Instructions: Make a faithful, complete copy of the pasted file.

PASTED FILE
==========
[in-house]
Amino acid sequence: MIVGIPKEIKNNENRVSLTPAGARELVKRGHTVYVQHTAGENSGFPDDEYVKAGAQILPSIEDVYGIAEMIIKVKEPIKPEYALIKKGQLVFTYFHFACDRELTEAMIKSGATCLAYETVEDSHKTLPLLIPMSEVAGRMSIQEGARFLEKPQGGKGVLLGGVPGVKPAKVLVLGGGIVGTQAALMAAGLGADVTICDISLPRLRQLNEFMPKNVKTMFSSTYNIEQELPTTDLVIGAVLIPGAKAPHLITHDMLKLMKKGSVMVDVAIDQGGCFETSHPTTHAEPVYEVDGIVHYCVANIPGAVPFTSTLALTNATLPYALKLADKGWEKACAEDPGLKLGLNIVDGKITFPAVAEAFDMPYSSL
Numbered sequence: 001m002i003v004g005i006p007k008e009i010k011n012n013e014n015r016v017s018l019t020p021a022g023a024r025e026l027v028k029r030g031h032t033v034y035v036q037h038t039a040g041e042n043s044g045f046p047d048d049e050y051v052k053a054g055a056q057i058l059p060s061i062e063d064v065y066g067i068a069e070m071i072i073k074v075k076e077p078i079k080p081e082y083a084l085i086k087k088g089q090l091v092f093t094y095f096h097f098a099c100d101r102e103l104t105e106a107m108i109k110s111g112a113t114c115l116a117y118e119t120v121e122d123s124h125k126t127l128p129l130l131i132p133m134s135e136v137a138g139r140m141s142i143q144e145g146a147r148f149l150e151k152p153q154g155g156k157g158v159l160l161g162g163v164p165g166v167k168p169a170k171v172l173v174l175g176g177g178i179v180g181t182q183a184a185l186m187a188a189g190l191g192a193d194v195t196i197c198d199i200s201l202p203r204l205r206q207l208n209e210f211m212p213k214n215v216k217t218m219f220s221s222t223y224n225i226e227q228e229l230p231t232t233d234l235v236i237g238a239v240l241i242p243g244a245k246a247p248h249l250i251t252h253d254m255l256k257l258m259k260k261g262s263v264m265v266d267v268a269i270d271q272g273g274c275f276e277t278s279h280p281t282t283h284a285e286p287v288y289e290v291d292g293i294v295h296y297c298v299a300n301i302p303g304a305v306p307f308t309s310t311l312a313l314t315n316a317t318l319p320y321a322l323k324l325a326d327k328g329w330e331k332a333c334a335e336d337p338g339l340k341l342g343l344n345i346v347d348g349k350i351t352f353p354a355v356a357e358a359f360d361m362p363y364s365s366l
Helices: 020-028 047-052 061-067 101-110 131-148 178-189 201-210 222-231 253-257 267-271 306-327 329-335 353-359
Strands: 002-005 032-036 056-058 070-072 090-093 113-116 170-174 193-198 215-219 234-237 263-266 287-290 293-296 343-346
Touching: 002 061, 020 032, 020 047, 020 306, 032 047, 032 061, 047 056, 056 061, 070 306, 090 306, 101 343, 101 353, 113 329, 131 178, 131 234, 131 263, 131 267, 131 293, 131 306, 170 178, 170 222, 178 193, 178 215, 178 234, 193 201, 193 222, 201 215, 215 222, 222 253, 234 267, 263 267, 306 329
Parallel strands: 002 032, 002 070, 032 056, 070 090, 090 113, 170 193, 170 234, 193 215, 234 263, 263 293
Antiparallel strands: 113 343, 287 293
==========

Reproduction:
[in-house]
Amino acid sequence: MIVGIPKEIKNNENRVSLTPAGARELVKRGHTVYVQHTAGENSGFPDDEYVKAGAQILPSIEDVYGIAEMIIKVKEPIKPEYALIKKGQLVFTYFHFACDRELTEAMIKSGATCLAYETVEDSHKTLPLLIPMSEVAGRMSIQEGARFLEKPQGGKGVLLGGVPGVKPAKVLVLGGGIVGTQAALMAAGLGADVTICDISLPRLRQLNEFMPKNVKTMFSSTYNIEQELPTTDLVIGAVLIPGAKAPHLITHDMLKLMKKGSVMVDVAIDQGGCFETSHPTTHAEPVYEVDGIVHYCVANIPGAVPFTSTLALTNATLPYALKLADKGWEKACAEDPGLKLGLNIVDGKITFPAVAEAFDMPYSSL
Numbered sequence: 001m002i003v004g005i006p007k008e009i010k011n012n013e014n015r016v017s018l019t020p021a022g023a024r025e026l027v028k029r030g031h032t033v034y035v036q037h038t039a040g041e042n043s044g045f046p047d048d049e050y051v052k053a054g055a056q057i058l059p060s061i062e063d064v065y066g067i068a069e070m071i072i073k074v075k076e077p078i079k080p081e082y083a084l085i086k087k088g089q090l091v092f093t094y095f096h097f098a099c100d101r102e103l104t105e106a107m108i109k110s111g112a113t114c115l116a117y118e119t120v121e122d123s124h125k126t127l128p129l130l131i132p133m134s135e136v137a138g139r140m141s142i143q144e145g146a147r148f149l150e151k152p153q154g155g156k157g158v159l160l161g162g163v164p165g166v167k168p169a170k171v172l173v174l175g176g177g178i179v180g181t182q183a184a185l186m187a188a189g190l191g192a193d194v195t196i197c198d199i200s201l202p203r204l205r206q207l208n209e210f211m212p213k214n215v216k217t218m219f220s221s222t223y224n225i226e227q228e229l230p231t232t233d234l235v236i237g238a239v240l241i242p243g244a245k246a247p248h249l250i251t252h253d254m255l256k257l258m259k260k261g262s263v264m265v266d267v268a269i270d271q272g273g274c275f276e277t278s279h280p281t282t283h284a285e286p287v288y289e290v291d292g293i294v295h296y297c298v299a300n301i302p303g304a305v306p307f308t309s310t311l312a313l314t315n316a317t318l319p320y321a322l323k324l325a326d327k328g329w330e331k332a333c334a335e336d337p338g339l340k341l342g343l344n345i346v347d348g349k350i351t352f353p354a355v356a357e358a359f360d361m362p363y364s365s366l
Helices: 020-028 047-052 061-067 101-110 131-148 178-189 201-210 222-231 253-257 267-271 306-327 329-335 353-359
Strands: 002-005 032-036 056-058 070-072 090-093 113-116 170-174 193-198 215-219 234-237 263-266 287-290 293-296 343-346
Touching: 002 061, 020 032, 020 047, 020 306, 032 047, 032 061, 047 056, 056 061, 070 306, 090 306, 101 343, 101 353, 113 329, 131 178, 131 234, 131 263, 131 267, 131 293, 131 306, 170 178, 170 222, 178 193, 178 215, 178 234, 193 201, 193 222, 201 215, 215 222, 222 253, 234 267, 263 267, 306 329
Parallel strands: 002 032, 002 070, 032 056, 070 090, 090 113, 170 193, 170 234, 193 215, 234 263, 263 293
Antiparallel strands: 113 343, 287 293